by Mark Kidd

Synology DS1813+ NAS Review

The Synology DS1813+ is an eight-bay NAS system in Synology’s DiskStation lineup of desktop storage appliances, offered as a successor to the Synology DS1812+ which we reviewed in early 2013. The DS1813+ offers four gigabit NICs which can be aggregated, and in addition to its maximum internal capacity of 32TB, the DS1813+ can manage up to 72TB of storage when used with two 5-bay DS513 expansion units. The DS1813+ offers straightforward configured for access via SMB/CIFS shares or iSCSI, which in conjunction with the DiskStation Manager operating system make the DS1813+ a highly adaptable storage platform for small and medium enterprises.

iSCSI support means that the DS1813+ can be configured as storage for virtualization environments including VMware, Citrix, and Hyper-V. In VMware environments, DS1813+ can offload storage operations via integration with vSphere 5 and VAAI. Synology High Availability (SHA) functionality transitions between members of a cluster of DiskStation servers to maintain availability during a failure.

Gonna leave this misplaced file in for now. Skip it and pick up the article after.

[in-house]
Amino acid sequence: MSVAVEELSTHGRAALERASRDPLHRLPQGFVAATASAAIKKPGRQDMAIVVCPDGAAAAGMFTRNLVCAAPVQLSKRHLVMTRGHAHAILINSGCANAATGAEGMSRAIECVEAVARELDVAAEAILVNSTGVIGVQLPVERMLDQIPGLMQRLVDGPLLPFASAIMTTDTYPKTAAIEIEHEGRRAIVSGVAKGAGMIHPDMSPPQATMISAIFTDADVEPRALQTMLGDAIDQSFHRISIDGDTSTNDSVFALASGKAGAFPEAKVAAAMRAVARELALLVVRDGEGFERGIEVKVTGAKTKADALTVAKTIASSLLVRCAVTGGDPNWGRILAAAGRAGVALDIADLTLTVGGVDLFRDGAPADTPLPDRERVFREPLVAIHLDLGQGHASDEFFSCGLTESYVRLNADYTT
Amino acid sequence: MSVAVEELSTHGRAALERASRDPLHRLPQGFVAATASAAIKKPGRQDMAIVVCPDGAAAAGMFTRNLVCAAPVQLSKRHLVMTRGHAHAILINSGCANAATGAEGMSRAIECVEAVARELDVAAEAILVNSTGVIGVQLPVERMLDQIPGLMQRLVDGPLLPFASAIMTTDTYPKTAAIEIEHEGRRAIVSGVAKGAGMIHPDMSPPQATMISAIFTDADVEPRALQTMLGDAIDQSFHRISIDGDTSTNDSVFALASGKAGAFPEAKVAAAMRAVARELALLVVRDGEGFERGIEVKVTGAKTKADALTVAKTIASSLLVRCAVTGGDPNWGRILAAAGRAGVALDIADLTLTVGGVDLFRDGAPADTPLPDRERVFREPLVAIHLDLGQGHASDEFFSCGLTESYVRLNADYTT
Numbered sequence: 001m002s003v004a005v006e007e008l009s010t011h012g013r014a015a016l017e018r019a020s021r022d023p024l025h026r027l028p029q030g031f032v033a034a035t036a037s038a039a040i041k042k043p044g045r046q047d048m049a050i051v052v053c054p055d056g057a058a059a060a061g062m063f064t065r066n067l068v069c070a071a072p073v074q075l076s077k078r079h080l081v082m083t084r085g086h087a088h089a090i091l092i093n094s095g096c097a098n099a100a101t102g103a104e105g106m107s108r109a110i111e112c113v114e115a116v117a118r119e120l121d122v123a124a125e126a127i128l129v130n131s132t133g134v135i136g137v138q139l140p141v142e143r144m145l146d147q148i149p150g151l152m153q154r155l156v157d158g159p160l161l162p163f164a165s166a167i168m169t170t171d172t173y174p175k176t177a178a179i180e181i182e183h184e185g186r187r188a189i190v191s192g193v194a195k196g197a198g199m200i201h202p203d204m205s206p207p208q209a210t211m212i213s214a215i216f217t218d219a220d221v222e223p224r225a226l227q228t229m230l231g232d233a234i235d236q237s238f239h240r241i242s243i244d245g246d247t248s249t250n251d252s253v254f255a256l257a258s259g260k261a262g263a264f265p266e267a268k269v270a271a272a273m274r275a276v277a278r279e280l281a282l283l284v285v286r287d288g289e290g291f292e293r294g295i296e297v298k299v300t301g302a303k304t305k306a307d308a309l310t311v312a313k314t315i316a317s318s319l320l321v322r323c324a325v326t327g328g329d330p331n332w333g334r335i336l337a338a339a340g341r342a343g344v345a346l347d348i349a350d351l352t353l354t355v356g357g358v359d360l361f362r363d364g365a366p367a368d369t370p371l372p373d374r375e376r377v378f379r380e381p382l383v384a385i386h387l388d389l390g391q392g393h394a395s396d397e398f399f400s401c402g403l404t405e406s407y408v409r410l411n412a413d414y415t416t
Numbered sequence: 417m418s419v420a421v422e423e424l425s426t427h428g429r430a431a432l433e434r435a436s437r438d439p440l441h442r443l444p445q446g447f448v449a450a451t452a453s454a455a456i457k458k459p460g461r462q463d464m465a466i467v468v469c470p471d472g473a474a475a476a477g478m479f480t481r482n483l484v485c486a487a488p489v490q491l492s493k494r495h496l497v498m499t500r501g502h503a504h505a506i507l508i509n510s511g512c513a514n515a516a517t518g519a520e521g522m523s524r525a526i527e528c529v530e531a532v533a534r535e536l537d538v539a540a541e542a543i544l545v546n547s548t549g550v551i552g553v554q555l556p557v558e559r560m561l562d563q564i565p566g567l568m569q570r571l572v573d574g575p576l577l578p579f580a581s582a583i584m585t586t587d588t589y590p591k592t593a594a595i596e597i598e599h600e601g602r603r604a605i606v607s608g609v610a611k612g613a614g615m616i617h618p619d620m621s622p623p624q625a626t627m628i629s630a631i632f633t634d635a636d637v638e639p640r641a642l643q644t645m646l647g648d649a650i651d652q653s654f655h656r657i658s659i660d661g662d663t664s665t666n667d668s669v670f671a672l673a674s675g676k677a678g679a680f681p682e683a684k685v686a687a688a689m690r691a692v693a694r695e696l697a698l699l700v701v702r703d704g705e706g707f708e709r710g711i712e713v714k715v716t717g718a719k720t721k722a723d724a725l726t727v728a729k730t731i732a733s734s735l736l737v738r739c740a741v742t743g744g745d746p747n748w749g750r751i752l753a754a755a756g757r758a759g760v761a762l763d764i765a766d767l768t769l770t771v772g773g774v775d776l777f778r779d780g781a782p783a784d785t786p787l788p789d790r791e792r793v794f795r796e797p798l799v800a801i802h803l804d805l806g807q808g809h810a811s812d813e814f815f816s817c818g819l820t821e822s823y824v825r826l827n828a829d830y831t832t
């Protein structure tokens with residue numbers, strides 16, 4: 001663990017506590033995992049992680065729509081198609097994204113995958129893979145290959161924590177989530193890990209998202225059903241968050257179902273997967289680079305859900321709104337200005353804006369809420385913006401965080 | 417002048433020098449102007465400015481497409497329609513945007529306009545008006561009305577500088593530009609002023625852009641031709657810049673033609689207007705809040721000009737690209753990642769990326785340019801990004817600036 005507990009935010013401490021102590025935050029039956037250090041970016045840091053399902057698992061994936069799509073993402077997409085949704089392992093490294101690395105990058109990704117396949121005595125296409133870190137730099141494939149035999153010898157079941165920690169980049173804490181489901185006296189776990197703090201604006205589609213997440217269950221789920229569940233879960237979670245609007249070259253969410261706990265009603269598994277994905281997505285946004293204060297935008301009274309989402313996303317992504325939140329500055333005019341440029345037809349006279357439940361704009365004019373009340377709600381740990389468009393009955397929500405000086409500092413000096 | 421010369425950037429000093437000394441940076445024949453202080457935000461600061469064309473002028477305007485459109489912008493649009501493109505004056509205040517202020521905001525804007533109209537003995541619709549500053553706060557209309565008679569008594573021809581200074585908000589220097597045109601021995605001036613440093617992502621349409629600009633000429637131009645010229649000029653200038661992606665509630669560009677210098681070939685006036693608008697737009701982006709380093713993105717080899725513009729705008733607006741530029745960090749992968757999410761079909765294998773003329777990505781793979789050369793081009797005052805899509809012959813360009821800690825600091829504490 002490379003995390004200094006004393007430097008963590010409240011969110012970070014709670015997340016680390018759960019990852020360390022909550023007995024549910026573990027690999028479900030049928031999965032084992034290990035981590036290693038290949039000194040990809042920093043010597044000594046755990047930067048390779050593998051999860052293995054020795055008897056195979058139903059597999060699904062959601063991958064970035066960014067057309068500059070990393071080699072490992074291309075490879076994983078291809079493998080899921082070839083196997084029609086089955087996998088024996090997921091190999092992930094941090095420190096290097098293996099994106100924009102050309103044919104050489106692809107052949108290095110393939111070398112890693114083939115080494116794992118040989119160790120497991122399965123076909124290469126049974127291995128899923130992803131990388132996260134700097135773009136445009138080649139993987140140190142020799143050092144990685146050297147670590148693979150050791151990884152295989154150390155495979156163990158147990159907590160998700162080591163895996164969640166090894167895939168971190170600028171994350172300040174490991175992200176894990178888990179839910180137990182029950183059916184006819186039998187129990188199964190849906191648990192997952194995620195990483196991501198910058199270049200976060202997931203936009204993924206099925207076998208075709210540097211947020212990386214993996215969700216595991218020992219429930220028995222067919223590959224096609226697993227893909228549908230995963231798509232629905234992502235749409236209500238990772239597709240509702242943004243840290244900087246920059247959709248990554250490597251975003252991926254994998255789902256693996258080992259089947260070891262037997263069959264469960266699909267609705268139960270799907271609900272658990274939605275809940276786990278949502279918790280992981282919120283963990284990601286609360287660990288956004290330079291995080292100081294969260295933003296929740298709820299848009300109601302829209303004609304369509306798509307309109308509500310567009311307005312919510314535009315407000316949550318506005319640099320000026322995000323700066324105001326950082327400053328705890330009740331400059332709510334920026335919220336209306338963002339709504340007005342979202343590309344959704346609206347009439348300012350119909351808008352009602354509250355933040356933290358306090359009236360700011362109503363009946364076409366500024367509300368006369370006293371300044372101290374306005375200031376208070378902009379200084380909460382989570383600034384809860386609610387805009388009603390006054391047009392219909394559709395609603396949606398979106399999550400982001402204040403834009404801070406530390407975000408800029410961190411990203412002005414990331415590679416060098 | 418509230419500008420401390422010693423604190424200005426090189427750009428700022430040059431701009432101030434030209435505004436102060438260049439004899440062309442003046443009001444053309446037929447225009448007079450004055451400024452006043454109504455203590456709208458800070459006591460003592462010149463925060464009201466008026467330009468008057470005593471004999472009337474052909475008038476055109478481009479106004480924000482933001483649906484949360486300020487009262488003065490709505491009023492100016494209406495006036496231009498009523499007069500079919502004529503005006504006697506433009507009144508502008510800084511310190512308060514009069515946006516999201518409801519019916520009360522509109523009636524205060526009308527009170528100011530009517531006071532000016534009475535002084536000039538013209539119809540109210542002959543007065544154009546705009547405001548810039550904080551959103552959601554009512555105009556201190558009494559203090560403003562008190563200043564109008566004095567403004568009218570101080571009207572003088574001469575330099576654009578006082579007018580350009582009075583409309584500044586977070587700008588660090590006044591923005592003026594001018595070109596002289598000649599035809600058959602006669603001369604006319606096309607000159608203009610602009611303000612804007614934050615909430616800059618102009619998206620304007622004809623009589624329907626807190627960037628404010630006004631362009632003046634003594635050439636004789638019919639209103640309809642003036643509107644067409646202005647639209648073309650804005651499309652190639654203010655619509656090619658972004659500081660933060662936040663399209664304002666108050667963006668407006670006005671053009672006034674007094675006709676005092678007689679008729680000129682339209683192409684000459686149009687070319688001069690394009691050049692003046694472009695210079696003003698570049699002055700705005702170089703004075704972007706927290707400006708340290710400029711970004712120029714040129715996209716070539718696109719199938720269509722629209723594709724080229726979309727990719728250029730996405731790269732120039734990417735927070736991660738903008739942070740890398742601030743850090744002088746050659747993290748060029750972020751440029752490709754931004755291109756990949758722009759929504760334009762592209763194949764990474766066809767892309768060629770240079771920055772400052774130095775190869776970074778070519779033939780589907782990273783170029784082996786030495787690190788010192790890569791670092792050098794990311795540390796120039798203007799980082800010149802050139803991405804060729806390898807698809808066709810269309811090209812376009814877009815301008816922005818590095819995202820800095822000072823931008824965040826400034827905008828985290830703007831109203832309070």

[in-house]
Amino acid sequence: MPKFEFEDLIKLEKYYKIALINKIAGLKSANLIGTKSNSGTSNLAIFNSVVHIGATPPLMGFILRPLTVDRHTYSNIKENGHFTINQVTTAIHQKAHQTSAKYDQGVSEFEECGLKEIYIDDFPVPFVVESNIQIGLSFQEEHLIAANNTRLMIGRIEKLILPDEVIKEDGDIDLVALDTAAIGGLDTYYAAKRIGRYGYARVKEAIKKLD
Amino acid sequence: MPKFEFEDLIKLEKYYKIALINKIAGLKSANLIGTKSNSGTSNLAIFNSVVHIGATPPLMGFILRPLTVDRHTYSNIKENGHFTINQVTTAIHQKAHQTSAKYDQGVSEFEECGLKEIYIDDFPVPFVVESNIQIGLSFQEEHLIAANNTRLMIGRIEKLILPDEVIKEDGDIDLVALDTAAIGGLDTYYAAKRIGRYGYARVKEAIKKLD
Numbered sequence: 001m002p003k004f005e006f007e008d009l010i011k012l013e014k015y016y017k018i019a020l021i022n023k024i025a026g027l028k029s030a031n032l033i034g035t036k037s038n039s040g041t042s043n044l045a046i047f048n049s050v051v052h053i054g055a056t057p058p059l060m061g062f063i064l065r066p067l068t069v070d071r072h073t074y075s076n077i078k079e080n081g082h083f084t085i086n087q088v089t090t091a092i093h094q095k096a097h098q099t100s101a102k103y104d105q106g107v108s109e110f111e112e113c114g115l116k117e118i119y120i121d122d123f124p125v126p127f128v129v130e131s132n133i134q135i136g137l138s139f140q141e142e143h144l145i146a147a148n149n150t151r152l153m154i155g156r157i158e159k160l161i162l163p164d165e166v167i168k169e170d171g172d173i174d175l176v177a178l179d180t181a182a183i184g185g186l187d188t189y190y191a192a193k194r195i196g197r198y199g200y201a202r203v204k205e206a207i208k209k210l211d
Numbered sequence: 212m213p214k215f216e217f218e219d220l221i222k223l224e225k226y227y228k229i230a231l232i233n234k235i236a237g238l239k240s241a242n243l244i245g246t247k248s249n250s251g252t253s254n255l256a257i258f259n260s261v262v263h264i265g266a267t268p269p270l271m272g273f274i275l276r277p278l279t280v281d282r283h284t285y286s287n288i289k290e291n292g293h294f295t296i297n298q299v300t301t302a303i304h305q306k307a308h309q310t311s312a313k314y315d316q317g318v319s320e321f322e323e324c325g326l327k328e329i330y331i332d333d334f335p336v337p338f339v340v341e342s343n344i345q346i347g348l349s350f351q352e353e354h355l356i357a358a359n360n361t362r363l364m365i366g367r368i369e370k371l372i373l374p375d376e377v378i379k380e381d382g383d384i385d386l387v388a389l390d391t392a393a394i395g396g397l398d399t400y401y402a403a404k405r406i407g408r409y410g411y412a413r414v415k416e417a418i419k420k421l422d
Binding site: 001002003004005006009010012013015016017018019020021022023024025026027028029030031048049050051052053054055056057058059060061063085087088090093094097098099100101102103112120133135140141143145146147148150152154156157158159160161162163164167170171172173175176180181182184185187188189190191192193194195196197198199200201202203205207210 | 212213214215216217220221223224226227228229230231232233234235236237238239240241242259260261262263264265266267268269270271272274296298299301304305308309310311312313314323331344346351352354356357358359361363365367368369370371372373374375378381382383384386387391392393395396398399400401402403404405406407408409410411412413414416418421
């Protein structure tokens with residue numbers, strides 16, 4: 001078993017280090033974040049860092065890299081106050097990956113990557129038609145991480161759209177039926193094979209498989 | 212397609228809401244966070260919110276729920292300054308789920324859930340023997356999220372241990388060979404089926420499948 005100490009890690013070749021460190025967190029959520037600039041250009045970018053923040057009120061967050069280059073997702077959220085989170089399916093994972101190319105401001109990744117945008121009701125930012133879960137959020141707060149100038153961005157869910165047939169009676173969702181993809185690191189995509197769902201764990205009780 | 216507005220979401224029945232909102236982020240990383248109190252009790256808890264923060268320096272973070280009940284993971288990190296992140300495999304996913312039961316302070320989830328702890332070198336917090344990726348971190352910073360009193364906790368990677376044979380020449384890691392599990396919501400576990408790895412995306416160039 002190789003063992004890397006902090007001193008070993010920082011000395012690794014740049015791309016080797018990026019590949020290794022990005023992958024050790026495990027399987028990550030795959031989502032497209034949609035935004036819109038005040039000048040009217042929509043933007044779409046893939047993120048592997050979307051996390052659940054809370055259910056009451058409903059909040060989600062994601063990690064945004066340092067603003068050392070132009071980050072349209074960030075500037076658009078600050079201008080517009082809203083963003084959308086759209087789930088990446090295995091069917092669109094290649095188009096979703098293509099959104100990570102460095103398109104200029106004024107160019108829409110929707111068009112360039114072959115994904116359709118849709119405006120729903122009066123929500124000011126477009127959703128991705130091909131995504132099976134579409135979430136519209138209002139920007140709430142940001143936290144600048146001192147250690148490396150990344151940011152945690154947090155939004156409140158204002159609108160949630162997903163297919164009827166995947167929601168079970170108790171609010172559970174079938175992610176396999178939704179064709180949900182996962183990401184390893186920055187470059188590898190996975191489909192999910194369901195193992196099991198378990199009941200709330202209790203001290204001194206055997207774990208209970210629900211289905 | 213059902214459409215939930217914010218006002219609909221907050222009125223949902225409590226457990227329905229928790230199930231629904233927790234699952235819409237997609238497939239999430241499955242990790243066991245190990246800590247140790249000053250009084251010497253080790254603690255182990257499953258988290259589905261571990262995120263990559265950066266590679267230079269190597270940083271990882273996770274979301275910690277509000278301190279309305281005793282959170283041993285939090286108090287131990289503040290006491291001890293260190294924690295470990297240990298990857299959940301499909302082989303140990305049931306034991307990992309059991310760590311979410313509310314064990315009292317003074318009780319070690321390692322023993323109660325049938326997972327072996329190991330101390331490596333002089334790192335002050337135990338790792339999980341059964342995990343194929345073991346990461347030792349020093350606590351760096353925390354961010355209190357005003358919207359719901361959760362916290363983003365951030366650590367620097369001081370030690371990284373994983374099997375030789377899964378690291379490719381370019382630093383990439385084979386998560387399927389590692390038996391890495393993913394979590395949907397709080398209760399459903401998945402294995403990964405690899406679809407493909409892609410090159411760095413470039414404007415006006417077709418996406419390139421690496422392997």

On the hardware side, the Synology DS1813+ features an Intel Atom dual core 2.13GHz processor and ships with 2GB of RAM in the form of two 1GB DIMMs, which can be upgraded by replacing with 2GB DIMMs. Screwless, hot swappable internal bays support 3.5-inch and 2.5-inch drives. Synology SD513 and DS213 expansion bays can be connected via eSATA, and its USB 3.0 and 2.0 ports can also be used to connect external drives, either as backup storage for the DS1813+ or be served as independent volumes. According to Synology, the DS1813+ consumes 75.2 watts in operation.